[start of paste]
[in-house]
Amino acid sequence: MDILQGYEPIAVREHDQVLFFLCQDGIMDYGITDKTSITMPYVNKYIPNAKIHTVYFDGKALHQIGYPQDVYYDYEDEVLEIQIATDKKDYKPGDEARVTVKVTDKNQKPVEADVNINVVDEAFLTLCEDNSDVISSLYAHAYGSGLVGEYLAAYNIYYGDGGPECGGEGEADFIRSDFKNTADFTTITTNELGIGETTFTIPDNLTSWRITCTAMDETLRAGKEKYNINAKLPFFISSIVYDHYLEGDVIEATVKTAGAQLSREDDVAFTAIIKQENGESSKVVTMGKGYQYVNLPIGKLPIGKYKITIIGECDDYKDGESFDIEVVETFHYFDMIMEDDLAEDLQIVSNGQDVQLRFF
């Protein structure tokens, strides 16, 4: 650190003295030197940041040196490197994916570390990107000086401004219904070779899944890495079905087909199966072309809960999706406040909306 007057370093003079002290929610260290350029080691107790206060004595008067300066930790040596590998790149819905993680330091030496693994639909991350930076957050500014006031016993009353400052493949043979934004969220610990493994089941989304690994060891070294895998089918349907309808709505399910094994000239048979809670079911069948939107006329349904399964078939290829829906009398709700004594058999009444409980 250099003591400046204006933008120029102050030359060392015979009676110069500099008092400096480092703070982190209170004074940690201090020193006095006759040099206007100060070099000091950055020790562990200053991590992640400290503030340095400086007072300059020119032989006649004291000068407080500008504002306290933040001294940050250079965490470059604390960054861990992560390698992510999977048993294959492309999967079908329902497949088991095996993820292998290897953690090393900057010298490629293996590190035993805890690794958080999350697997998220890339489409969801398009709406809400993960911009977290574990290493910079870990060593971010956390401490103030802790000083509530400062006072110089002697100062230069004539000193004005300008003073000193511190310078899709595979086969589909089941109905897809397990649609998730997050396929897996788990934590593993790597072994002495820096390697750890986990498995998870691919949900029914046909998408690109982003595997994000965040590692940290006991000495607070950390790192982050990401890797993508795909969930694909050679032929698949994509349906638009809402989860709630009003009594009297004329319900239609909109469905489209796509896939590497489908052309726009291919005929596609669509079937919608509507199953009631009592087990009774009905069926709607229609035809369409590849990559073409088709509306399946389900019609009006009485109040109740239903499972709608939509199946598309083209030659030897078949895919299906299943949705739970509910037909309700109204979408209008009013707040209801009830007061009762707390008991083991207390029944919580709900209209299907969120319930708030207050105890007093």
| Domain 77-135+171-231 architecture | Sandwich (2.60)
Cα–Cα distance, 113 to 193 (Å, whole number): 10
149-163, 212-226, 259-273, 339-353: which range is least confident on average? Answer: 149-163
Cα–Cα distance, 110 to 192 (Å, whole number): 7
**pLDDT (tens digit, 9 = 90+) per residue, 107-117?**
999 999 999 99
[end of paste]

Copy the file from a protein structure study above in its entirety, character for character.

[in-house]
Amino acid sequence: MDILQGYEPIAVREHDQVLFFLCQDGIMDYGITDKTSITMPYVNKYIPNAKIHTVYFDGKALHQIGYPQDVYYDYEDEVLEIQIATDKKDYKPGDEARVTVKVTDKNQKPVEADVNINVVDEAFLTLCEDNSDVISSLYAHAYGSGLVGEYLAAYNIYYGDGGPECGGEGEADFIRSDFKNTADFTTITTNELGIGETTFTIPDNLTSWRITCTAMDETLRAGKEKYNINAKLPFFISSIVYDHYLEGDVIEATVKTAGAQLSREDDVAFTAIIKQENGESSKVVTMGKGYQYVNLPIGKLPIGKYKITIIGECDDYKDGESFDIEVVETFHYFDMIMEDDLAEDLQIVSNGQDVQLRFF
């Protein structure tokens, strides 16, 4: 650190003295030197940041040196490197994916570390990107000086401004219904070779899944890495079905087909199966072309809960999706406040909306 007057370093003079002290929610260290350029080691107790206060004595008067300066930790040596590998790149819905993680330091030496693994639909991350930076957050500014006031016993009353400052493949043979934004969220610990493994089941989304690994060891070294895998089918349907309808709505399910094994000239048979809670079911069948939107006329349904399964078939290829829906009398709700004594058999009444409980 250099003591400046204006933008120029102050030359060392015979009676110069500099008092400096480092703070982190209170004074940690201090020193006095006759040099206007100060070099000091950055020790562990200053991590992640400290503030340095400086007072300059020119032989006649004291000068407080500008504002306290933040001294940050250079965490470059604390960054861990992560390698992510999977048993294959492309999967079908329902497949088991095996993820292998290897953690090393900057010298490629293996590190035993805890690794958080999350697997998220890339489409969801398009709406809400993960911009977290574990290493910079870990060593971010956390401490103030802790000083509530400062006072110089002697100062230069004539000193004005300008003073000193511190310078899709595979086969589909089941109905897809397990649609998730997050396929897996788990934590593993790597072994002495820096390697750890986990498995998870691919949900029914046909998408690109982003595997994000965040590692940290006991000495607070950390790192982050990401890797993508795909969930694909050679032929698949994509349906638009809402989860709630009003009594009297004329319900239609909109469905489209796509896939590497489908052309726009291919005929596609669509079937919608509507199953009631009592087990009774009905069926709607229609035809369409590849990559073409088709509306399946389900019609009006009485109040109740239903499972709608939509199946598309083209030659030897078949895919299906299943949705739970509910037909309700109204979408209008009013707040209801009830007061009762707390008991083991207390029944919580709900209209299907969120319930708030207050105890007093």
| Domain 77-135+171-231 architecture | Sandwich (2.60)
Cα–Cα distance, 113 to 193 (Å, whole number): 10
149-163, 212-226, 259-273, 339-353: which range is least confident on average? Answer: 149-163
Cα–Cα distance, 110 to 192 (Å, whole number): 7
**pLDDT (tens digit, 9 = 90+) per residue, 107-117?**
999 999 999 99